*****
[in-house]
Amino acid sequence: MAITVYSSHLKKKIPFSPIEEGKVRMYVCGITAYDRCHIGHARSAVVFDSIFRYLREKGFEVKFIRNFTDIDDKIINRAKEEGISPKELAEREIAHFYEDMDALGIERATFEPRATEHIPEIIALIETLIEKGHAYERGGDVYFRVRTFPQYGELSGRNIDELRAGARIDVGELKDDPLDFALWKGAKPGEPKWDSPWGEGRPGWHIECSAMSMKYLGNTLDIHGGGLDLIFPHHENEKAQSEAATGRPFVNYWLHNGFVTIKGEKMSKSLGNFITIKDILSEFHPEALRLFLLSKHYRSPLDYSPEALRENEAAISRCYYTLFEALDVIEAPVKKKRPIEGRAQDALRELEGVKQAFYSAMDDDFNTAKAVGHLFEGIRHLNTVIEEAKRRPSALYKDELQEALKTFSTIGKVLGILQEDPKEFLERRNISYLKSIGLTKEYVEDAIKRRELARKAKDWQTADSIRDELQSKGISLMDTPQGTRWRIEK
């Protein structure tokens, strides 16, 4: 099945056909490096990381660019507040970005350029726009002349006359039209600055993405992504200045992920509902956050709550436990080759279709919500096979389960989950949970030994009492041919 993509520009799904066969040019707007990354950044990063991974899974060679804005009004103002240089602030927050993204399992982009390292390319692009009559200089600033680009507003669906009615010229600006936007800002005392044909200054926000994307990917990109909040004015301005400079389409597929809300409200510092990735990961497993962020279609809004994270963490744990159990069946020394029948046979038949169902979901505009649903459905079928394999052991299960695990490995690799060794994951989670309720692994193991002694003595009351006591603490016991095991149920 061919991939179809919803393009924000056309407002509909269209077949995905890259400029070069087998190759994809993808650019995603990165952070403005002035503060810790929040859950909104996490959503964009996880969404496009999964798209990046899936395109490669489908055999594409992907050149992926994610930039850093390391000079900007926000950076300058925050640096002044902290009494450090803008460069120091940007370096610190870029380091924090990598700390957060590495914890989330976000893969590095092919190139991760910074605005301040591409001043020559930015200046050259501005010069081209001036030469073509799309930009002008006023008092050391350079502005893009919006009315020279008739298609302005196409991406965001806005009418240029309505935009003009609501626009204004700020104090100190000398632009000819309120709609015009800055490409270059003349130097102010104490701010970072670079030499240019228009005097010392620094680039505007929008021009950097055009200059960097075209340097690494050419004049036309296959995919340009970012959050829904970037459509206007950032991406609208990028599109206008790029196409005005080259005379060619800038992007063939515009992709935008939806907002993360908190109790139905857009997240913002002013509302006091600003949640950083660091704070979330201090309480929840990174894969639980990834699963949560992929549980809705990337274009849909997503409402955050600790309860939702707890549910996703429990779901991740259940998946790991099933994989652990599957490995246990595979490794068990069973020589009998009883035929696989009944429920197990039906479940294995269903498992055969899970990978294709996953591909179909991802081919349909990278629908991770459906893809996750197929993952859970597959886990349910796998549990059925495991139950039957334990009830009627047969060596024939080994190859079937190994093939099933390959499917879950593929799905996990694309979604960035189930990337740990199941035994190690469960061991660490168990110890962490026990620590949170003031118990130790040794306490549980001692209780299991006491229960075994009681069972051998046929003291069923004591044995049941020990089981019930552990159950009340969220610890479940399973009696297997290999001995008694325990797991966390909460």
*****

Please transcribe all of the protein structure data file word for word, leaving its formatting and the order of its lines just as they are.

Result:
[in-house]
Amino acid sequence: MAITVYSSHLKKKIPFSPIEEGKVRMYVCGITAYDRCHIGHARSAVVFDSIFRYLREKGFEVKFIRNFTDIDDKIINRAKEEGISPKELAEREIAHFYEDMDALGIERATFEPRATEHIPEIIALIETLIEKGHAYERGGDVYFRVRTFPQYGELSGRNIDELRAGARIDVGELKDDPLDFALWKGAKPGEPKWDSPWGEGRPGWHIECSAMSMKYLGNTLDIHGGGLDLIFPHHENEKAQSEAATGRPFVNYWLHNGFVTIKGEKMSKSLGNFITIKDILSEFHPEALRLFLLSKHYRSPLDYSPEALRENEAAISRCYYTLFEALDVIEAPVKKKRPIEGRAQDALRELEGVKQAFYSAMDDDFNTAKAVGHLFEGIRHLNTVIEEAKRRPSALYKDELQEALKTFSTIGKVLGILQEDPKEFLERRNISYLKSIGLTKEYVEDAIKRRELARKAKDWQTADSIRDELQSKGISLMDTPQGTRWRIEK
């Protein structure tokens, strides 16, 4: 099945056909490096990381660019507040970005350029726009002349006359039209600055993405992504200045992920509902956050709550436990080759279709919500096979389960989950949970030994009492041919 993509520009799904066969040019707007990354950044990063991974899974060679804005009004103002240089602030927050993204399992982009390292390319692009009559200089600033680009507003669906009615010229600006936007800002005392044909200054926000994307990917990109909040004015301005400079389409597929809300409200510092990735990961497993962020279609809004994270963490744990159990069946020394029948046979038949169902979901505009649903459905079928394999052991299960695990490995690799060794994951989670309720692994193991002694003595009351006591603490016991095991149920 061919991939179809919803393009924000056309407002509909269209077949995905890259400029070069087998190759994809993808650019995603990165952070403005002035503060810790929040859950909104996490959503964009996880969404496009999964798209990046899936395109490669489908055999594409992907050149992926994610930039850093390391000079900007926000950076300058925050640096002044902290009494450090803008460069120091940007370096610190870029380091924090990598700390957060590495914890989330976000893969590095092919190139991760910074605005301040591409001043020559930015200046050259501005010069081209001036030469073509799309930009002008006023008092050391350079502005893009919006009315020279008739298609302005196409991406965001806005009418240029309505935009003009609501626009204004700020104090100190000398632009000819309120709609015009800055490409270059003349130097102010104490701010970072670079030499240019228009005097010392620094680039505007929008021009950097055009200059960097075209340097690494050419004049036309296959995919340009970012959050829904970037459509206007950032991406609208990028599109206008790029196409005005080259005379060619800038992007063939515009992709935008939806907002993360908190109790139905857009997240913002002013509302006091600003949640950083660091704070979330201090309480929840990174894969639980990834699963949560992929549980809705990337274009849909997503409402955050600790309860939702707890549910996703429990779901991740259940998946790991099933994989652990599957490995246990595979490794068990069973020589009998009883035929696989009944429920197990039906479940294995269903498992055969899970990978294709996953591909179909991802081919349909990278629908991770459906893809996750197929993952859970597959886990349910796998549990059925495991139950039957334990009830009627047969060596024939080994190859079937190994093939099933390959499917879950593929799905996990694309979604960035189930990337740990199941035994190690469960061991660490168990110890962490026990620590949170003031118990130790040794306490549980001692209780299991006491229960075994009681069972051998046929003291069923004591044995049941020990089981019930552990159950009340969220610890479940399973009696297997290999001995008694325990797991966390909460």